As a service designer, I’ve been involved in building the way a significant number of programs, products and tools hang together. And, as someone who works relatively often with government, where many agencies, policies, regulation and in the end, people, need to come together to make something happen, I’m usually called upon to deal with complex issues. It often the case that the people I’m dealing when designing services, particularly, just don’t know where to start. It all looks too hard. Over time, I’ve developed a set of questions I use to help me understand what’s happening (versus why it’s happening) as I go through a discovery process. These questions are focussed on activities rather than values, motivation or what someone wants to achieve (the why questions). Those value-based questions are a whole other part (though not separate from this part) of the design process. I’ll post about those in my next piece. These …
When I was on my recent trip to Japan and Korea, I came across an article in the Financial Times describing Australia’s reticence in adopting design thinking in business. The article itself is a high-level summary of research done at MGSM by Dr Lars Groeger and Leanne Sobel. It’s a little chilling when you read things like: “The results demonstrate that businesses in [Australia] are often unaware of how design thinking can help with innovation. The study also revealed that even when businesses are aware of the potential benefits of design thinking, they struggle to recruit appropriately skilled staff in Australia.” I’m not at all surprised by the first sentence, but I’m singularly irritated by the second. Let’s leave aside the matter of Australian business not yet understanding what benefits design thinking can bring, as it’s addressed in the paper, and, well, we could talk about it forever. However, let’s look directly …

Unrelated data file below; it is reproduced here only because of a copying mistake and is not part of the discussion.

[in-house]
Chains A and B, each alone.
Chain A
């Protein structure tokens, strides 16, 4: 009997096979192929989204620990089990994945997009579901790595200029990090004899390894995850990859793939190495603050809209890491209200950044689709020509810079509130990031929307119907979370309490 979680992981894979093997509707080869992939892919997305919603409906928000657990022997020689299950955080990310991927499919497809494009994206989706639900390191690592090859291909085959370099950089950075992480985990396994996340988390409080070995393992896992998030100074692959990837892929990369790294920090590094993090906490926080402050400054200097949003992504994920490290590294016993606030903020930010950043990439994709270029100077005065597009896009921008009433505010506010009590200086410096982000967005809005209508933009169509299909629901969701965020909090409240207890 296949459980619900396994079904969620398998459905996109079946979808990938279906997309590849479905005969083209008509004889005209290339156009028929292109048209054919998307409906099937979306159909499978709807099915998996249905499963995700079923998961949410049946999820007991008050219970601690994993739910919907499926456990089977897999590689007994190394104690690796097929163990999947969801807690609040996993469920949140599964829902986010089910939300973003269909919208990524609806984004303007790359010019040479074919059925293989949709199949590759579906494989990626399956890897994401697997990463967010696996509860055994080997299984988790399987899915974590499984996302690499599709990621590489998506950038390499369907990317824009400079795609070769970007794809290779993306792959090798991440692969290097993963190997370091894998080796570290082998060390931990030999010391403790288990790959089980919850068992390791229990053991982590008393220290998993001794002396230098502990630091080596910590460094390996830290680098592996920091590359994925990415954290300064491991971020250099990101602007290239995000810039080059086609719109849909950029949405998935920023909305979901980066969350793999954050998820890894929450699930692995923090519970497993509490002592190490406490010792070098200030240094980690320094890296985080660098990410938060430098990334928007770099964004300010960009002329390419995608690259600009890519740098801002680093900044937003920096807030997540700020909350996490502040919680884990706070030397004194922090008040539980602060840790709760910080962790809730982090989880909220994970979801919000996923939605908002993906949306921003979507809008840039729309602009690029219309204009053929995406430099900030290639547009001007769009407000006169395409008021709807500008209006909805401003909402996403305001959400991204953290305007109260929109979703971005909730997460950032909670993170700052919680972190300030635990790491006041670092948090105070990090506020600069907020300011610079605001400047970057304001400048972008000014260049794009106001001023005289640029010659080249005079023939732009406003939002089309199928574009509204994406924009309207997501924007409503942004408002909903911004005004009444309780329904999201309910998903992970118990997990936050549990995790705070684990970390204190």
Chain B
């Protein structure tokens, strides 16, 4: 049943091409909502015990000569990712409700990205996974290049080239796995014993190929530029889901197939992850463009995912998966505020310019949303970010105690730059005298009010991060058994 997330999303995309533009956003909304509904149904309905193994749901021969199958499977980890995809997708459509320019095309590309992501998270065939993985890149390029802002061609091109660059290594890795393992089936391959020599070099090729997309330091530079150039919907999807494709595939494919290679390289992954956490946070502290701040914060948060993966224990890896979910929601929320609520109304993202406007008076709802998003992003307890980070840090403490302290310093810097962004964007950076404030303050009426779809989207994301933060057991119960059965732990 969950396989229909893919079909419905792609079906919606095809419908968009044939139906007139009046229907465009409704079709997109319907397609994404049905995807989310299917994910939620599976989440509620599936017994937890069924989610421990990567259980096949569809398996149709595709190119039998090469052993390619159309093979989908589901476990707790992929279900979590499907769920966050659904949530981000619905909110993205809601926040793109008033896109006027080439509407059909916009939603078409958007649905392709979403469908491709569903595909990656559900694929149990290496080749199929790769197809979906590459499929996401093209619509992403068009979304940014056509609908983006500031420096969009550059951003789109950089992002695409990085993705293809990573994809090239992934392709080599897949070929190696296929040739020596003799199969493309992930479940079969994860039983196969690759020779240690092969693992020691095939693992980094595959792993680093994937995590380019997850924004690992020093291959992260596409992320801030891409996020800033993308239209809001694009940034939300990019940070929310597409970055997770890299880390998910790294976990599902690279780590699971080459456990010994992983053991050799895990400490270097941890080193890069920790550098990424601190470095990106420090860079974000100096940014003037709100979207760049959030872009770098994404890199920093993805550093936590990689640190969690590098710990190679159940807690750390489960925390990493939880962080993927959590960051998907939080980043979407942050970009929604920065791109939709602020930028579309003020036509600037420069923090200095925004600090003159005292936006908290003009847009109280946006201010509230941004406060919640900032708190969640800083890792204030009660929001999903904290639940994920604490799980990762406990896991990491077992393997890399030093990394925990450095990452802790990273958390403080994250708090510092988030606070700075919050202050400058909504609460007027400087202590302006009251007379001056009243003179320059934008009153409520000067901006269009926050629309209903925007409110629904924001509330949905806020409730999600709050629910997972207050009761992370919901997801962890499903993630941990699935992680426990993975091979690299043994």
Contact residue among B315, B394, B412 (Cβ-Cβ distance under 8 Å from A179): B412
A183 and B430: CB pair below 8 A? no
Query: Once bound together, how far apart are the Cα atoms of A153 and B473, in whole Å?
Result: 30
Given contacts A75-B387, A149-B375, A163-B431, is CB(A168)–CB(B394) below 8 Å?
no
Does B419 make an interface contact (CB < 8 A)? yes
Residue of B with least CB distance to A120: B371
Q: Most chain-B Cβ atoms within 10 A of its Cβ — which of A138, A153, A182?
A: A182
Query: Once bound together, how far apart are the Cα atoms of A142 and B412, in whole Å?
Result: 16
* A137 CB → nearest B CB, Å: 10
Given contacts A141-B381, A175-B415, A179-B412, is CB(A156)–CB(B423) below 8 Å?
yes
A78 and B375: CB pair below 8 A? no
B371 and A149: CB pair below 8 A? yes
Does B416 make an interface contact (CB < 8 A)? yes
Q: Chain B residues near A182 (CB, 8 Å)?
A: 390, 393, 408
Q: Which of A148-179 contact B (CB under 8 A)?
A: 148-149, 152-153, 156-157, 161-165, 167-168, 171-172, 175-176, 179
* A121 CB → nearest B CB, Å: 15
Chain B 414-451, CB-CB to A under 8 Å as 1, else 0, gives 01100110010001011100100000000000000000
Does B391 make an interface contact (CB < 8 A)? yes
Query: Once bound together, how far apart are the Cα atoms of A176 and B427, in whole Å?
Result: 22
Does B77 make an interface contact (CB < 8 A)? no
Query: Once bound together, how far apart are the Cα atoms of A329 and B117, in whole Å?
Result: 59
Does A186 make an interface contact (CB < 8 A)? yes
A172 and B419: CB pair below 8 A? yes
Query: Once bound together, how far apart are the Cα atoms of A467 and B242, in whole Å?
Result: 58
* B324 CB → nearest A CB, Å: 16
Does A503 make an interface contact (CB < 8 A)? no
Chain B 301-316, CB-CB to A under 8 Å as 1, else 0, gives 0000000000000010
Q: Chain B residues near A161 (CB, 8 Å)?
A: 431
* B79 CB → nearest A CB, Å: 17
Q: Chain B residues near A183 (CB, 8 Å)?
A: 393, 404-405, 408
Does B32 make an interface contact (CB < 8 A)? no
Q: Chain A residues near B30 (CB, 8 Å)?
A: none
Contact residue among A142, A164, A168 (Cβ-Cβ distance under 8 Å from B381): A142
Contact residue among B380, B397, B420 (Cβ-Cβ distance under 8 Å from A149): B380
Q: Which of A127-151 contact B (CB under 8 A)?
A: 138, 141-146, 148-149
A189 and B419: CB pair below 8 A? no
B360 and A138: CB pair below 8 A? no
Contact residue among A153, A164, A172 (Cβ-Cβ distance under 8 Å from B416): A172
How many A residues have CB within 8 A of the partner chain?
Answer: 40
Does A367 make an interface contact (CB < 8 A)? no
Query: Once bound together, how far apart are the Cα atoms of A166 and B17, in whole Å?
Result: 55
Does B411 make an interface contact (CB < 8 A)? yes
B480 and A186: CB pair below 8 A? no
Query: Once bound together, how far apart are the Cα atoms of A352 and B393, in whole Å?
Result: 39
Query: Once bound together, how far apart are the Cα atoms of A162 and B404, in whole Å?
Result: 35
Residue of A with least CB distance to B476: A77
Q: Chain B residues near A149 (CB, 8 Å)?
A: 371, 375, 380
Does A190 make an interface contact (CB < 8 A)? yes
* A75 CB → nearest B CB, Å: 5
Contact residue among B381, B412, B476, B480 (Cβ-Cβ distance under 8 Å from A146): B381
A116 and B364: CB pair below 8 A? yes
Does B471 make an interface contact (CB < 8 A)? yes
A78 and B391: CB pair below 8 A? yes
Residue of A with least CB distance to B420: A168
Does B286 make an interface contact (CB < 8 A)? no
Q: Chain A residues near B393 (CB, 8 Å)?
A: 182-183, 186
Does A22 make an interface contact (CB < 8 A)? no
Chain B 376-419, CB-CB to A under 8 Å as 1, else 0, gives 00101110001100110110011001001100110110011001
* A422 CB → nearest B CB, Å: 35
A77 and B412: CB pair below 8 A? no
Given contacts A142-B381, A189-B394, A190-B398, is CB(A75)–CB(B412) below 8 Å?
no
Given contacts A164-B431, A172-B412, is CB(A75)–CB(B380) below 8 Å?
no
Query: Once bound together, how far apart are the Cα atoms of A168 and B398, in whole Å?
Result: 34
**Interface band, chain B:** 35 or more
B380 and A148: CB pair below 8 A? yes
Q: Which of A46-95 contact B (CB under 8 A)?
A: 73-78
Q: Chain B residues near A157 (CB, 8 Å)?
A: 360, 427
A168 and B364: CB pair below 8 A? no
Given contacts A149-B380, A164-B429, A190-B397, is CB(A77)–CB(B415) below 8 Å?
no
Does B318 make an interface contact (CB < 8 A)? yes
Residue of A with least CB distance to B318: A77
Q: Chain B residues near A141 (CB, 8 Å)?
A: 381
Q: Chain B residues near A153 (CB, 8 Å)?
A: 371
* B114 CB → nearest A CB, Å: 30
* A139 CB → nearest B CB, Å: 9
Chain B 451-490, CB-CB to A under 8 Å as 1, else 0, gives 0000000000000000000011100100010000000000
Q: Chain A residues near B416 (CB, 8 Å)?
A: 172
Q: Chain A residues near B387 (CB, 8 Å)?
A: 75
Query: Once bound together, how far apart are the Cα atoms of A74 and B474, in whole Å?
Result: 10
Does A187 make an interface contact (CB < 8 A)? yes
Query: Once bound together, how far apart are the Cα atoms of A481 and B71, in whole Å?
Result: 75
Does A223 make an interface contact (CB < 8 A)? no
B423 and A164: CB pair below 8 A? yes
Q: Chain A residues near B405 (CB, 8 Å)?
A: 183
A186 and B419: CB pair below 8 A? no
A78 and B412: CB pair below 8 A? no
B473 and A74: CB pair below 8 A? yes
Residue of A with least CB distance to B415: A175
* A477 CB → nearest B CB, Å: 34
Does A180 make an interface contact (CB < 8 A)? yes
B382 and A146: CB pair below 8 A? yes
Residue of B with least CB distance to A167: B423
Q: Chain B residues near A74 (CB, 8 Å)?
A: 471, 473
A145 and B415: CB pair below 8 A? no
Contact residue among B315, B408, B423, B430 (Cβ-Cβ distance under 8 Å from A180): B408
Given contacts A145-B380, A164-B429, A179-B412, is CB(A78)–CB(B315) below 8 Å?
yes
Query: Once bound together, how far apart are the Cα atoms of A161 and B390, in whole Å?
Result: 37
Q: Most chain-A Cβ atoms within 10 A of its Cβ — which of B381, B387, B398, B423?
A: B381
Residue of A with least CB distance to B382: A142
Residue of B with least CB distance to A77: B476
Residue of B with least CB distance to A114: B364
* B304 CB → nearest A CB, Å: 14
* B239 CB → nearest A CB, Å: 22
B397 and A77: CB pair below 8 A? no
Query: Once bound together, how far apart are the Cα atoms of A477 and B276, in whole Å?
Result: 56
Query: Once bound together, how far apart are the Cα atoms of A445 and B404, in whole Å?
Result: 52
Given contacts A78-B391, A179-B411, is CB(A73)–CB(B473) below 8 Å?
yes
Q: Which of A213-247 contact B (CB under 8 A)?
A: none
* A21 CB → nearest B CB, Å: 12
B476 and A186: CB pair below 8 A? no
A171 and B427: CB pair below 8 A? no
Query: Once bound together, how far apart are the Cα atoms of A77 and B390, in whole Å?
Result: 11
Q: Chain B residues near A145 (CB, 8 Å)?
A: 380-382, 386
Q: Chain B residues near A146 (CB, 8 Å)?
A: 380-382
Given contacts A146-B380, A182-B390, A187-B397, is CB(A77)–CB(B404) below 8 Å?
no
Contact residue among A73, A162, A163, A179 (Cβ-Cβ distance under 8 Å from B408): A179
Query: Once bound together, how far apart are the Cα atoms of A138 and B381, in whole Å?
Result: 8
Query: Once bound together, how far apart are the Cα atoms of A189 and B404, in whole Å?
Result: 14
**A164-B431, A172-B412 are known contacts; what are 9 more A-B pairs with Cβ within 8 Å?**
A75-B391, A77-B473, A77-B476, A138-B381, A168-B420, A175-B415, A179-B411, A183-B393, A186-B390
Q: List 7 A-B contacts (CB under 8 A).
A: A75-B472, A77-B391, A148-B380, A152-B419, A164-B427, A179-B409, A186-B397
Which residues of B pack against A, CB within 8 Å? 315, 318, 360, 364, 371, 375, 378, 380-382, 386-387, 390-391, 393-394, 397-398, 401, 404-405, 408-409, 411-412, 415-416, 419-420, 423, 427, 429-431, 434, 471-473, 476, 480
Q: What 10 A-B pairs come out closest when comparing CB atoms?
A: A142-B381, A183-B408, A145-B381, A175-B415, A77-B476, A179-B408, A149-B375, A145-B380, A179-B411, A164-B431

It’s one of the fundamental texts on design thinking — a must read — but who should read it?
Too much focus is placed on the technical aspects of getting the people in a business online. We’d argue that the tools are a means to an end. People are what it’s really about.
Another book review. This time, a book that looks inside the creative mind and resonates strongly with the team.
It’s a bit about ourself, but yesterday, The Canberra Times ran a feature on acidlabs’ founder, Stephen Collins, touching on his work, his passions and the creation of TEDxCanberra. If you’d like to get a little deeper inside the mind of one of Canberra’s big ideas people, you should read the article.
In everything we do we need to think differently, to do things the way nobody expects us to, to never accept that the way everyone else does something is the right way, and to do everything with the ultimate aim of producing a social good in some form.
I had the honor of meeting Hans Rosling briefly at TEDxSummit. Now it’s time you listened to him.